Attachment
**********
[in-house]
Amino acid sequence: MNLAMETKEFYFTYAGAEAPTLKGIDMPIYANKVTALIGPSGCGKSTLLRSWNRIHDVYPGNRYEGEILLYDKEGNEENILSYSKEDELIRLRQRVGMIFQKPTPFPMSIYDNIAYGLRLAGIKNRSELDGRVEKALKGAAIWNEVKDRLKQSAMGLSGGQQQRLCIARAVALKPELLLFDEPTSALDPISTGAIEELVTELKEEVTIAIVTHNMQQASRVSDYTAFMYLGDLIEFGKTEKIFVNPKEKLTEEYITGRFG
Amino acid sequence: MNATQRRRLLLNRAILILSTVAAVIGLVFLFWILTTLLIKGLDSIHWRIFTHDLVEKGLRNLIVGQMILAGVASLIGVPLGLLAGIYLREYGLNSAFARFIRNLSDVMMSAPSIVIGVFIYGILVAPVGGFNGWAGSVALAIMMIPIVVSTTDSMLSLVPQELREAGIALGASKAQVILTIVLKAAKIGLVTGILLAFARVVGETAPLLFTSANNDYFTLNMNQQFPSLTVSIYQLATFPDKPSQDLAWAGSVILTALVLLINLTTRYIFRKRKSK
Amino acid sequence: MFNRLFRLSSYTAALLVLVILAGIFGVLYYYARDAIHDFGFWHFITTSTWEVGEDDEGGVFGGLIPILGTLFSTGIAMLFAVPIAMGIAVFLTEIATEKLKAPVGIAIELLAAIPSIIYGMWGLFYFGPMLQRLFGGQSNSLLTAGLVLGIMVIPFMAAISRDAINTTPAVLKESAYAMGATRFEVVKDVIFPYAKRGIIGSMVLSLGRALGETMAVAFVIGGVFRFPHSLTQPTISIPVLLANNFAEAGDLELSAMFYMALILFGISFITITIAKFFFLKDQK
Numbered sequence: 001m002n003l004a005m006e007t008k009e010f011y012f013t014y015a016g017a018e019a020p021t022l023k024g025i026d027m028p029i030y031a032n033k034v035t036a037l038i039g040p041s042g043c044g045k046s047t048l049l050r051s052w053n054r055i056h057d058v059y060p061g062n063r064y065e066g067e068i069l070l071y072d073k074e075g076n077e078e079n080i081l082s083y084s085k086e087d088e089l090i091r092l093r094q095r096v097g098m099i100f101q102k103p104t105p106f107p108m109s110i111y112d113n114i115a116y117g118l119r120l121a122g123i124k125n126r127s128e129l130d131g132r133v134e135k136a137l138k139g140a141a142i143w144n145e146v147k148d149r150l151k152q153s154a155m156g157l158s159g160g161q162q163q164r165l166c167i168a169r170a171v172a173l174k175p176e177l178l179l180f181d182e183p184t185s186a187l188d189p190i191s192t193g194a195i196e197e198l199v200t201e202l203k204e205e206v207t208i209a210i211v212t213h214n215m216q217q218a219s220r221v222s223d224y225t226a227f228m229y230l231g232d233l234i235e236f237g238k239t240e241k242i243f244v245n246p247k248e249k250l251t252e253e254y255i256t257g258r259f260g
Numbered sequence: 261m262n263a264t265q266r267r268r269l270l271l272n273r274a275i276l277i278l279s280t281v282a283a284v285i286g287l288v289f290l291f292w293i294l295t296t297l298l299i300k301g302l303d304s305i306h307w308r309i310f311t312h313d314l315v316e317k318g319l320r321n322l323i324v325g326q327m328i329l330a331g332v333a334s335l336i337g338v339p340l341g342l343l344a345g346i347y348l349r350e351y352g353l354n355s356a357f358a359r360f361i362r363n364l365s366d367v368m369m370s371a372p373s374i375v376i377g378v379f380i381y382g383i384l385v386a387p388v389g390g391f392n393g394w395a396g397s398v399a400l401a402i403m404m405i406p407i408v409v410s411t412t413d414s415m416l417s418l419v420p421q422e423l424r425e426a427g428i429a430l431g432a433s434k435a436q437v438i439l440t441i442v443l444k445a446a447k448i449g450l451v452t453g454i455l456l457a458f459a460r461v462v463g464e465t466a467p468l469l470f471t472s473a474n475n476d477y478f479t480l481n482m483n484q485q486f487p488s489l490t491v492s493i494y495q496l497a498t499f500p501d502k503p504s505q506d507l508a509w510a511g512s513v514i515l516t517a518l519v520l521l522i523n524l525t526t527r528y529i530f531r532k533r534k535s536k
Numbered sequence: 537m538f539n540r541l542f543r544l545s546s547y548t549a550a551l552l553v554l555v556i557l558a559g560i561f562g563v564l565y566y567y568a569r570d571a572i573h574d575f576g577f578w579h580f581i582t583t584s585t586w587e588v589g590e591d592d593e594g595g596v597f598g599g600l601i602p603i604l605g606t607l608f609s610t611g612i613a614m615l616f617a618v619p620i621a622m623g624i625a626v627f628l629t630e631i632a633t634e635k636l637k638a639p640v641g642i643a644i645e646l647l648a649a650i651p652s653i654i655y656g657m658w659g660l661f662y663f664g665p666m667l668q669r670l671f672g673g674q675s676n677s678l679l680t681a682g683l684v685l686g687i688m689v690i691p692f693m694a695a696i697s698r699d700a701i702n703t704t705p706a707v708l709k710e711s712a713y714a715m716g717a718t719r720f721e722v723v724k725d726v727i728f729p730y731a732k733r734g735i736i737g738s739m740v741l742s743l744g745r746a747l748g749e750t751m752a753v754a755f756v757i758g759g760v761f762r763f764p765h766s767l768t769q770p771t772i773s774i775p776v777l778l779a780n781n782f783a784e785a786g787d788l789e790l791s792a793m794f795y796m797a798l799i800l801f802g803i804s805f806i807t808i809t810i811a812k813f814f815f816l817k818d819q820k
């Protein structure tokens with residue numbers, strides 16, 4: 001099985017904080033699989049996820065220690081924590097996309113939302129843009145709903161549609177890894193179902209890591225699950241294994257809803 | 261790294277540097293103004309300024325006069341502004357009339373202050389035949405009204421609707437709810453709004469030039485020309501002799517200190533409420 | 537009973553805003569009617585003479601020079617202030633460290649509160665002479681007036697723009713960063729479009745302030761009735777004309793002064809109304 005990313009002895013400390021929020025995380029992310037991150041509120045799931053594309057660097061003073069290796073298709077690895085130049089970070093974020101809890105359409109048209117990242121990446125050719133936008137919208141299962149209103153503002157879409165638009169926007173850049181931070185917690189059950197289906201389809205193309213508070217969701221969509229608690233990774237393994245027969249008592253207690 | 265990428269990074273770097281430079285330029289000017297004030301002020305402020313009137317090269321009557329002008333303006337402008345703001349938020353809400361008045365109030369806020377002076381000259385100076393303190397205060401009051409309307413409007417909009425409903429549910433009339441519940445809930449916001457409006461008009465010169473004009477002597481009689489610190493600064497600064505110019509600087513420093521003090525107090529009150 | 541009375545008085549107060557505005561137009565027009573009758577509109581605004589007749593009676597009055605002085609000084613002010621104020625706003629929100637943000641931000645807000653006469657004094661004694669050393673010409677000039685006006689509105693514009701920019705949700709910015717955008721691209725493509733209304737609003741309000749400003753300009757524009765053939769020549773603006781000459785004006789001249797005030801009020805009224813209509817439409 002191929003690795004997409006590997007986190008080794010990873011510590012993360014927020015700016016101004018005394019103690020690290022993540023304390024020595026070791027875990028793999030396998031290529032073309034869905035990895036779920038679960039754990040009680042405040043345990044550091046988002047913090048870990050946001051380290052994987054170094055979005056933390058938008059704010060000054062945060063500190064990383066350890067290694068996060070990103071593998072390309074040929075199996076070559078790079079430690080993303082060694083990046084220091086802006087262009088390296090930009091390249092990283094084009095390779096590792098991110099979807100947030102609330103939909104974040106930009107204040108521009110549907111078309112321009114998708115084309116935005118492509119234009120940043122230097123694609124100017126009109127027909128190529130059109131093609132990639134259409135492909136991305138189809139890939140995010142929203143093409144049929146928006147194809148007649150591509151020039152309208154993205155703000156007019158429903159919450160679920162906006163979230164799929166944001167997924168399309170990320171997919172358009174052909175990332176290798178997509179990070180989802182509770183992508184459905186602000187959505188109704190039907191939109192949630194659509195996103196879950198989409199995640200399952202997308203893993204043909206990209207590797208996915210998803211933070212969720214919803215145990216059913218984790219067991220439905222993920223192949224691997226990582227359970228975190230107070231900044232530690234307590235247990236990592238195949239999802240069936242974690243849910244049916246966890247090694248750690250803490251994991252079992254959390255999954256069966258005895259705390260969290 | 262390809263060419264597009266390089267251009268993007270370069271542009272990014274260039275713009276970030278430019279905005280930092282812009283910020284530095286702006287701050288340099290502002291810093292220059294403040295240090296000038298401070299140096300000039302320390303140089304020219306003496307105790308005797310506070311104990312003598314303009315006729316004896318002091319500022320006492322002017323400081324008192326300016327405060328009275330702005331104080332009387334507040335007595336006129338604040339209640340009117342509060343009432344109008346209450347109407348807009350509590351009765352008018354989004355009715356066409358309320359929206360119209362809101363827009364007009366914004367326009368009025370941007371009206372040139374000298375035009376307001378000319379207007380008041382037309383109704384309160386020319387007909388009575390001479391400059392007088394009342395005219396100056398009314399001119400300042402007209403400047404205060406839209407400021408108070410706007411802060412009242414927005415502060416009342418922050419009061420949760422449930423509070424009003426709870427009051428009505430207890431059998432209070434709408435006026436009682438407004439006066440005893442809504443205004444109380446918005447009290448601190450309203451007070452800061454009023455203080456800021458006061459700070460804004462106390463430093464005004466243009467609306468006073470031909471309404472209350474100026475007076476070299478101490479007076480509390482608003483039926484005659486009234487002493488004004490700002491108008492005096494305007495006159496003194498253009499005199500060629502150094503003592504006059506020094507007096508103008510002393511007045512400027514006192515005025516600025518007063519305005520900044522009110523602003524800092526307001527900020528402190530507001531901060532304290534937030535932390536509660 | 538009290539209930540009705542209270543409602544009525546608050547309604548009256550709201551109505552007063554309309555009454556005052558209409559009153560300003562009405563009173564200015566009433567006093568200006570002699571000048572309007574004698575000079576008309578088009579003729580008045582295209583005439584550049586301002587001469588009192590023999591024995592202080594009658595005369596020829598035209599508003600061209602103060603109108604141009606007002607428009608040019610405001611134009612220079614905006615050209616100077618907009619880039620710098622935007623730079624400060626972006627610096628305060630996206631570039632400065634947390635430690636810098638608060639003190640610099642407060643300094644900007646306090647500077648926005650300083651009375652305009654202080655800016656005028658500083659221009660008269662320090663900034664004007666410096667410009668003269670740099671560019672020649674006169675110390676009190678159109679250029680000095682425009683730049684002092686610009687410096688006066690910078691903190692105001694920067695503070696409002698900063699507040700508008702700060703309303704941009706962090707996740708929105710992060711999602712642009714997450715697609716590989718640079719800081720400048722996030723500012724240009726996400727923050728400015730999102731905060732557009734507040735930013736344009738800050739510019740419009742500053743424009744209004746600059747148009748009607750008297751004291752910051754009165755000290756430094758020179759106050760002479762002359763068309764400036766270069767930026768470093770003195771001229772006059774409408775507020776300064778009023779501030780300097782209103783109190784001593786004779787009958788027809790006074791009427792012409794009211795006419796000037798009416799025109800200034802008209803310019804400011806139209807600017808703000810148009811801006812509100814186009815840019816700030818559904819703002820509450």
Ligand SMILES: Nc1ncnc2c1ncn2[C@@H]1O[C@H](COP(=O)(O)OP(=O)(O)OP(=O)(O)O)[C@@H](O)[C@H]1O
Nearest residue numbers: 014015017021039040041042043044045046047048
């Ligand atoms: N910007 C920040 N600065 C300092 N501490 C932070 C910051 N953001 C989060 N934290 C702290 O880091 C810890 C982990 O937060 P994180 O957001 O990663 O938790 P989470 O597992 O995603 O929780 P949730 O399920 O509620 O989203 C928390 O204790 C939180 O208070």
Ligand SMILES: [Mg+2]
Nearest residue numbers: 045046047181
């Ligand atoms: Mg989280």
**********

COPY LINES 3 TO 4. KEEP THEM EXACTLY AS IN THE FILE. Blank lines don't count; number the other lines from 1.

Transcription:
Amino acid sequence: MNATQRRRLLLNRAILILSTVAAVIGLVFLFWILTTLLIKGLDSIHWRIFTHDLVEKGLRNLIVGQMILAGVASLIGVPLGLLAGIYLREYGLNSAFARFIRNLSDVMMSAPSIVIGVFIYGILVAPVGGFNGWAGSVALAIMMIPIVVSTTDSMLSLVPQELREAGIALGASKAQVILTIVLKAAKIGLVTGILLAFARVVGETAPLLFTSANNDYFTLNMNQQFPSLTVSIYQLATFPDKPSQDLAWAGSVILTALVLLINLTTRYIFRKRKSK
Amino acid sequence: MFNRLFRLSSYTAALLVLVILAGIFGVLYYYARDAIHDFGFWHFITTSTWEVGEDDEGGVFGGLIPILGTLFSTGIAMLFAVPIAMGIAVFLTEIATEKLKAPVGIAIELLAAIPSIIYGMWGLFYFGPMLQRLFGGQSNSLLTAGLVLGIMVIPFMAAISRDAINTTPAVLKESAYAMGATRFEVVKDVIFPYAKRGIIGSMVLSLGRALGETMAVAFVIGGVFRFPHSLTQPTISIPVLLANNFAEAGDLELSAMFYMALILFGISFITITIAKFFFLKDQK